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Cebu News

Regardless of student vax status: DOH backs return of face to face classes

Caecent No-ot Magsumbol - The Freeman
Regardless of student vax status: DOH backs return of face to face classes
Students are made to fall in line before at Abellana National School in Cebu City before they are allowed to enter their classroom for in-person classes. The Department of Health (DOH) on the other hand supports the Commission on Higher Education’s policy relative to the holding of face-to-face classes for higher learning institutions.
File

CEBU, Philippines —  The Department of Health (DOH) has expressed full support to the Commission on Higher Education's (CHED) change of policy, allowing the return to full face-to-face classes regardless of vaccination status.

“Our COVID-19 response is dynamic, and always follows the latest scientific recommendations available. The benefits of in-person and face-to-face schooling now outweigh the risk of COVID-19 infections,” said Dr. Maria Rosario Singh-Vergeire, DOH officer-in-charge.

Vergeire said that face-to-face classes boost academic performance, improve on mental health and well-being, and help develop social engagement skills.

“Furthermore, many of our bright yet disadvantaged students find it difficult to spend on devices and internet access,” she said.

According to DOH’s latest press release, CHED consulted DOH and its health experts in arriving at the updated policy to allow students and higher education institutions personnel, regardless of vaccination status, to participate in face-to-face classes. DOH and CHED convened during National Heroes Day to discuss the scientific bases for this update in the policy.

Policymakers noted the high COVID-19 vaccination coverage in Philippine higher education, with 77% of students and 90% of HEI personnel already fully vaccinated against the virus.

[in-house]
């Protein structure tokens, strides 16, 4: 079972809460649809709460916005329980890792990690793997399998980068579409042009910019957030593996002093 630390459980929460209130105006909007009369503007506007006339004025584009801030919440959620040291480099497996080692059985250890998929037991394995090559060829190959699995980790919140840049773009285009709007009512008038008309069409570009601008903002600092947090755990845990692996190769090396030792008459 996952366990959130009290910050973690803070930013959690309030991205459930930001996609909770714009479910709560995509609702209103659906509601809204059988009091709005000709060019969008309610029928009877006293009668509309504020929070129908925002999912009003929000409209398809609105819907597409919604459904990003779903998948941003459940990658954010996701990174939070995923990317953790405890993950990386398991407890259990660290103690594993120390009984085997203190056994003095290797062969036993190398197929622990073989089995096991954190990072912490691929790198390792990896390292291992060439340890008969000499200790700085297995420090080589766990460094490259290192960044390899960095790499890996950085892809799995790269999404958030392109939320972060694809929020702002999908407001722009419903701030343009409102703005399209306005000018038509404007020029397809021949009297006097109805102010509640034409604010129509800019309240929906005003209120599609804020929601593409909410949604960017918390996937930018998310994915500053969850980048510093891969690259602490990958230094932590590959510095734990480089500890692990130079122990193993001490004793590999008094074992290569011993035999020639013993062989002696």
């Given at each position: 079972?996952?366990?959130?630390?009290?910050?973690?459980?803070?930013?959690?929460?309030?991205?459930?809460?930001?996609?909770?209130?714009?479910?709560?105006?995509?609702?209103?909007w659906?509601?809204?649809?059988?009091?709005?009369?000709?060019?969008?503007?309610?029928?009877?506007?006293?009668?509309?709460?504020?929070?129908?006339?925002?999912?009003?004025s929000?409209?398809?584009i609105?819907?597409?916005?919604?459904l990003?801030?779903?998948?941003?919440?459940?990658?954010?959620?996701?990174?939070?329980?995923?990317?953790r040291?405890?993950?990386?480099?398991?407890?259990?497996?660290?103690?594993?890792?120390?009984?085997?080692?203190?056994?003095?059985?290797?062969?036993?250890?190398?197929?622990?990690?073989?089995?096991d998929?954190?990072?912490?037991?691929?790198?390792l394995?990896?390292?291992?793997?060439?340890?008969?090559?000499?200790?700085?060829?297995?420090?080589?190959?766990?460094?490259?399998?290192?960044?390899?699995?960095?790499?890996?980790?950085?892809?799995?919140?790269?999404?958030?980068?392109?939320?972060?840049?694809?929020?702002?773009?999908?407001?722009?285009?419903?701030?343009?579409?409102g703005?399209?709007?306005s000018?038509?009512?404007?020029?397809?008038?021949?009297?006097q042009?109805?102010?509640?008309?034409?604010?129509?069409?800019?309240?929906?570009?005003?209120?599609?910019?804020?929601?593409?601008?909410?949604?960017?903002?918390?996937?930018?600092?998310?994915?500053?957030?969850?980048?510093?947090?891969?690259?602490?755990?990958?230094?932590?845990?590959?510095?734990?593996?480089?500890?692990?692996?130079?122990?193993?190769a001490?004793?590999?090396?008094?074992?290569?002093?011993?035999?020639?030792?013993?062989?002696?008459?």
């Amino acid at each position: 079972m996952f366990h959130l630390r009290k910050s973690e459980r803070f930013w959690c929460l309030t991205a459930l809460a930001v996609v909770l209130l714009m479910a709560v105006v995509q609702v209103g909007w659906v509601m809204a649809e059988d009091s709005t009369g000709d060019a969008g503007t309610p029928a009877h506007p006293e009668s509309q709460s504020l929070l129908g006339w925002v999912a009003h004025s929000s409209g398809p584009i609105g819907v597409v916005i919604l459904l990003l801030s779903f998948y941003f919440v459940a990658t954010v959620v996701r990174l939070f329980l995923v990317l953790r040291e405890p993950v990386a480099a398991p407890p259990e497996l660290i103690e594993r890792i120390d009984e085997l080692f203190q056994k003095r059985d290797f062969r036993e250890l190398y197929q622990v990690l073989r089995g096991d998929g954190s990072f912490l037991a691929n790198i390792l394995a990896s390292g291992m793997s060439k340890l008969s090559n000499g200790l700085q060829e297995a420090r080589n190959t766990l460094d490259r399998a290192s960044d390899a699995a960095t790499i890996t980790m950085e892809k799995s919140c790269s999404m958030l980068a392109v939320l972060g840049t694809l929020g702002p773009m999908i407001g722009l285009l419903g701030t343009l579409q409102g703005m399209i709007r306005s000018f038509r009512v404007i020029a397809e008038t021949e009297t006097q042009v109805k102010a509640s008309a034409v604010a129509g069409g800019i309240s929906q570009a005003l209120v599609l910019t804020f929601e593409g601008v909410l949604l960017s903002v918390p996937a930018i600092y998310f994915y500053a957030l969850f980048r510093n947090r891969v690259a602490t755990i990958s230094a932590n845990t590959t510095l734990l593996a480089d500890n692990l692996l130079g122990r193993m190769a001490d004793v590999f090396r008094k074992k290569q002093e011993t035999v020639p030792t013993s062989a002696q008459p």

Data from the DOH also showed fewer infections in the 18-25 age group compared to other age groups in the Philippines as well as international data showing that Omicron and its sub-variants thus far have lower fatality or severity of the disease.

This move is supported by the global community, including the World Health Organization (WHO) and UNICEF accordingly.

The Philippines joins at least five other countries in giving more weight to the value of in-person and face-to-face higher education, given the scientific bases above.

The other countries that have already removed the requirement for HEI students and personnel to show proof of vaccination are Australia, the United Kingdom (but strongly encouraged), Canada (strongly recommended for congregate student-living settings), New Zealand, and Singapore (but unvaccinated students require biweekly testing for indoor dining).

DOH also strongly recommends getting vaccinated and boosted.

“Even as proof of vaccination is no longer needed, vaccination and boosters for all eligible individuals is still strongly recommended. Let us keep the wall of immunity strong,” said Vergeire.

The country’s PinasLakas campaign for vaccination and boosters, plus continued adherence to the minimum public health standards make this return to university and college life on campus possible.

“Students and personnel should always be BIDA: wear the Best fitting mask, Isolate when sick, double up protection with vaccination and boosters, and ensure good Airflow. The DOH will keep working with CHED and our colleges and universities to ensure safe higher education,” added Vergeire.

Back in December 2021, CHED required vaccination in the implementation of face-to-face classes, but with the changes in the situation in the last seven months and the lowering of the risk level of Covid-19 in most parts of the country, there have also been corresponding changes in the policy.

“So much has changed over the past seven months as we continue to ensure the safe reopening of classes. Our decision-making is always data-driven, based on science and the advice of experts. Given the high vaccination coverage in the higher education sector, changes in the characteristics and behavior of the virus, classification of the country as low-risk, and benchmarking of policies with other countries it is now time to change the 2021 policy,” CHED’s chairman Prospero De Vera said earlier. —   JMD (FREEMAN)

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